The food waste in both the dining hall and Cantwell labs is already diverted to Moonstone Farm, a small farm located on the outskirts of Saranac Lake. This established partnership fit perfectly for implementing this widespread composting initiative. The students saw importance in making this program an opt-in model to avoid contamination or misuse of the buckets. Educating students on the college’s current practices, as well as the overall benefits of composting is a critical part of this program. Each bucket will be accompanied with a guide distinguishing what can and cannot be placed in the bucket. Furthermore, the students hope to work with the Smitty Sustainability Committee to host outreach events that will continue to educate students. The Center for Sustainability anticipates this to be a longstanding initiative on campus and looks forward to the continued development of the program and partnerships.
This article was written by PSC Student and Sustainability Assistant Hannah Rion
Do you ever think about the amount of food you produce in a day, a week, or a month? How about the amount of food that doesn’t even see a fork or spoon, but just gets tossed in the trash? That has been the sad story for the food scraps that are produced in our culinary labs here at Paul Smith’s College. In fact, three years ago there was a campus-wide program known as “Food Scraps for Pigs” where pre-consumer food waste from Cantwell, as well as the dining hall was being used by Atlas Hoofed It Farm, in Vermontville, NY, to feed pigs. There were challenges with pickup and consistent collection of scraps, so the program wasn’t continued, but recently Emily Sommer’s Farm to Table class has partnered with Sustainability Coordinator Kate Glenn and Jake Vennie-Vollrath of Moonstone Farm, to collect and donate our food scraps to Moonstone Farm for animal feed and compost.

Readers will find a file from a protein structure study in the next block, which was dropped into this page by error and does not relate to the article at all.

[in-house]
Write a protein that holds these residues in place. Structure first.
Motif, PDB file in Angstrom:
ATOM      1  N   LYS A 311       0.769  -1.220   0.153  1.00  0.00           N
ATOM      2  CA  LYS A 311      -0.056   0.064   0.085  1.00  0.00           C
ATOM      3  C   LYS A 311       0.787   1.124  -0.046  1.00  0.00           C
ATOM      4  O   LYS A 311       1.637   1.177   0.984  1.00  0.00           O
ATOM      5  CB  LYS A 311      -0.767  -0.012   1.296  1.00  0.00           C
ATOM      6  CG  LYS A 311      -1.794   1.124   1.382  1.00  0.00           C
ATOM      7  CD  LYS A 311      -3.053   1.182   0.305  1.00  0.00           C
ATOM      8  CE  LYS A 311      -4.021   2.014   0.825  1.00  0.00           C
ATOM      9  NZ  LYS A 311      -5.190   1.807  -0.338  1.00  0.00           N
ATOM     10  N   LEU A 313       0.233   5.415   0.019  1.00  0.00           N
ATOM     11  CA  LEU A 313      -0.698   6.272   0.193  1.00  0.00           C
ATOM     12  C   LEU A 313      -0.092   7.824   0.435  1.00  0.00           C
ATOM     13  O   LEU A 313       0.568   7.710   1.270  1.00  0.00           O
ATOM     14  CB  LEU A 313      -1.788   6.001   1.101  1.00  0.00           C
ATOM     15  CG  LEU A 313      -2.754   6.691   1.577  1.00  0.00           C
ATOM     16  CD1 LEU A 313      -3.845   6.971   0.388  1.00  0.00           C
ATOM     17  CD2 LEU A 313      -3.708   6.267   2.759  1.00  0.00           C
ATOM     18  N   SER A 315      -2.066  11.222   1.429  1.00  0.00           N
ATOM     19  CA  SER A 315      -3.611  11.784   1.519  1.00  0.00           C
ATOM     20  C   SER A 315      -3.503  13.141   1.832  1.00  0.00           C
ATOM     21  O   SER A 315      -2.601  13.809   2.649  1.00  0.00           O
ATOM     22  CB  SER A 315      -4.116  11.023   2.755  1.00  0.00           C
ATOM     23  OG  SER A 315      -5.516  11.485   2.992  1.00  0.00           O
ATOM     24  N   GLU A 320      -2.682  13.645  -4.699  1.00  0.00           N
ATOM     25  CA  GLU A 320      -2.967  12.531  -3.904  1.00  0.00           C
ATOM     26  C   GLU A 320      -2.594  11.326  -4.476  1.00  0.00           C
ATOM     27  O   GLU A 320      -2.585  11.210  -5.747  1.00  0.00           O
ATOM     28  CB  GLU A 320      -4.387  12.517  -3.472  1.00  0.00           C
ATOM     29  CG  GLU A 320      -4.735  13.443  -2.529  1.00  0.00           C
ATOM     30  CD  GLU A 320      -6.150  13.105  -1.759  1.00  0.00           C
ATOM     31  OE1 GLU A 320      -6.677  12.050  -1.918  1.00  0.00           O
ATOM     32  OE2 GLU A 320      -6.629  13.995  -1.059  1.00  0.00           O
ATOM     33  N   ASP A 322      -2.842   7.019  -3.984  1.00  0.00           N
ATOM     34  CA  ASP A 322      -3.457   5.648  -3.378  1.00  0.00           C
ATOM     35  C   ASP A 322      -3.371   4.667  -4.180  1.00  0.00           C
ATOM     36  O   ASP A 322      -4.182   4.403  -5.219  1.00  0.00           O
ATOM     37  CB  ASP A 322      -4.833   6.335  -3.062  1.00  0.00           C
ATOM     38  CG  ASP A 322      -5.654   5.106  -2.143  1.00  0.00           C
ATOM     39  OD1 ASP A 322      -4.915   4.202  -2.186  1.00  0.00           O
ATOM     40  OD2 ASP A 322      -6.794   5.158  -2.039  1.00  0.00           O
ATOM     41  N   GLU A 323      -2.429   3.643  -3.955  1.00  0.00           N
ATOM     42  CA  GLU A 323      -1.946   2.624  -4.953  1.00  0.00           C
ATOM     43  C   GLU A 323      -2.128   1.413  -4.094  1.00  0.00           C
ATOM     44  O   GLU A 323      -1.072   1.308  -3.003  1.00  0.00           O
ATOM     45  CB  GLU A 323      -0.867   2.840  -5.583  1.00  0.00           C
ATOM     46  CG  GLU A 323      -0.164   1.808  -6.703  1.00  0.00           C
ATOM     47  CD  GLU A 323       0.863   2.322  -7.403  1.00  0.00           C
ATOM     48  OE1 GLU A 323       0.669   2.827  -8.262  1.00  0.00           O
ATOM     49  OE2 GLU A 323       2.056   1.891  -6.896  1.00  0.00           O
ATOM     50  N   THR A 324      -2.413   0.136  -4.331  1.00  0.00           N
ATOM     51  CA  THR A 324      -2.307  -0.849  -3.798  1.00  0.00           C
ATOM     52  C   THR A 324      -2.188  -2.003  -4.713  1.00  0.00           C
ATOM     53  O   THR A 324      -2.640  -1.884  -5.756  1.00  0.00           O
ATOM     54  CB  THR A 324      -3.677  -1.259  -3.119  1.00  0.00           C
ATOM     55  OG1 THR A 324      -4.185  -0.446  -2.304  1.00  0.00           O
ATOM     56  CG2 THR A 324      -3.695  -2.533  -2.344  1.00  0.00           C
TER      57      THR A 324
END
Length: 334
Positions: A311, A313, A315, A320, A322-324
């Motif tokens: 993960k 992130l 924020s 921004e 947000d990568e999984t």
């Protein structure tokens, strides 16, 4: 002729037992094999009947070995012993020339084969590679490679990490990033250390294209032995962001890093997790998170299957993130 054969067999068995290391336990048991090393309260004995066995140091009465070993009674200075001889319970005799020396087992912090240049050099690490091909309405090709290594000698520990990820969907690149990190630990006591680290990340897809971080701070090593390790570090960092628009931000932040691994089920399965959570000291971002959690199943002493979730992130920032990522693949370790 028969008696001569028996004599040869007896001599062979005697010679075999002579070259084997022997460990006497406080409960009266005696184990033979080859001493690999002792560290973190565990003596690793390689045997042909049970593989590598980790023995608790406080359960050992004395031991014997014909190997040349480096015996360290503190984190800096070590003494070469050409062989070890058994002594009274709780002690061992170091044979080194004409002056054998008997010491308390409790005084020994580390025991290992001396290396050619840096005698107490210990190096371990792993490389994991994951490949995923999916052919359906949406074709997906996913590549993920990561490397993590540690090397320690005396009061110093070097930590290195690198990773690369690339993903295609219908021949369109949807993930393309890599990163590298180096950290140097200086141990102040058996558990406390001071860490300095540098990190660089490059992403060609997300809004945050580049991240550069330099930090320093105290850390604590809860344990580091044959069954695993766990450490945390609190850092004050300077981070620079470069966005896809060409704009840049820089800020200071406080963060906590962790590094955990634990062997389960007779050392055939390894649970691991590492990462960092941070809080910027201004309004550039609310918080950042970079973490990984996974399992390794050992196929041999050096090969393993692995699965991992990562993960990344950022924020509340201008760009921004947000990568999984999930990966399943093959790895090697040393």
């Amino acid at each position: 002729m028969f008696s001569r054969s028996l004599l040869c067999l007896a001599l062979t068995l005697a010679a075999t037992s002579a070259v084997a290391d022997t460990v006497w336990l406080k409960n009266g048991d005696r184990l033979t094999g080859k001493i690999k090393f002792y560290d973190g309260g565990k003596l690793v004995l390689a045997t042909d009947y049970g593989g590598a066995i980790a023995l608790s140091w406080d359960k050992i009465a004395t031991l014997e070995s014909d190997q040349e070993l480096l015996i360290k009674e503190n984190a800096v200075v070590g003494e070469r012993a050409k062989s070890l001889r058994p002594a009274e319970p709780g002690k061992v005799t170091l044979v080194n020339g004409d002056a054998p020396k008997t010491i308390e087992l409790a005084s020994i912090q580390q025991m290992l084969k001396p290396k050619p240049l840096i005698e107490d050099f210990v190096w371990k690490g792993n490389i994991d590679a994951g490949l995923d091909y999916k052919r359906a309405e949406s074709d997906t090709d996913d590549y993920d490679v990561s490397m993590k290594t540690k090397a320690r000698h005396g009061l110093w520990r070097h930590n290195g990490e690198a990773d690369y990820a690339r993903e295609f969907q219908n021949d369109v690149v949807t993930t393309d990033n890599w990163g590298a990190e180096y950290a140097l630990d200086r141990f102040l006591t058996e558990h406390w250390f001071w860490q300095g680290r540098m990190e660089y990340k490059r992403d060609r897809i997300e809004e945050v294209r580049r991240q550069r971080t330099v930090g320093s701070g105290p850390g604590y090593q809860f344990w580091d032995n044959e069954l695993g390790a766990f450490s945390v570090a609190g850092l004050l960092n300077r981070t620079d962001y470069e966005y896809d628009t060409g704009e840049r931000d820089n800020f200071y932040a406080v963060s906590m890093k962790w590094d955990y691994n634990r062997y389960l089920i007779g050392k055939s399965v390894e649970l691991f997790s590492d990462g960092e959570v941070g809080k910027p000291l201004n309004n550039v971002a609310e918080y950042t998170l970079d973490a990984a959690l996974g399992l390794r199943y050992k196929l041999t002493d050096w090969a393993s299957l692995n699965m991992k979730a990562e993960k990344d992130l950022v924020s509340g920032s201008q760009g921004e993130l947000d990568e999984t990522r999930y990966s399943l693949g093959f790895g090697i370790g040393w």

The Farm to Table culinary class, part of the new two-year accelerated culinary program, was visiting Moonstone Farm on a monthly basis, “to get their hands dirty and learn more about the ins and outs of running a small farm in the Adirondacks”, as Jake explained to me. The class also started to brainstorm ideas on how to solve some of the problems the farm was facing. One of these lurking issues happened to be “inputs” and soil health, which Jake was currently sourcing compost from Vermont to solve. Thus caused Emily and the class to start thinking they could have a real potential impact if they were to start diverting the pre-consumer waste from the culinary labs here on campus to Moonstone Farm. Emily then mentioned the project to Kate Glenn, Sustainability Coordinator for the college, and so the wheels began to turn. Kate Glenn then organized a planning meeting with the facilities department, Sodexo, and Emily to develop and establish a written plan and procedures for the project. During the meeting it was discussed who would collect the buckets, how they would be delivered and other remaining logistics. With the purchase of five gallon buckets, funded by the Sustainability Grant, the project was officially up-and-running. Additionally, Kate brought in the support from Sodexo to have the dining hall’s pre-consumer food waste also be diverted to the farm.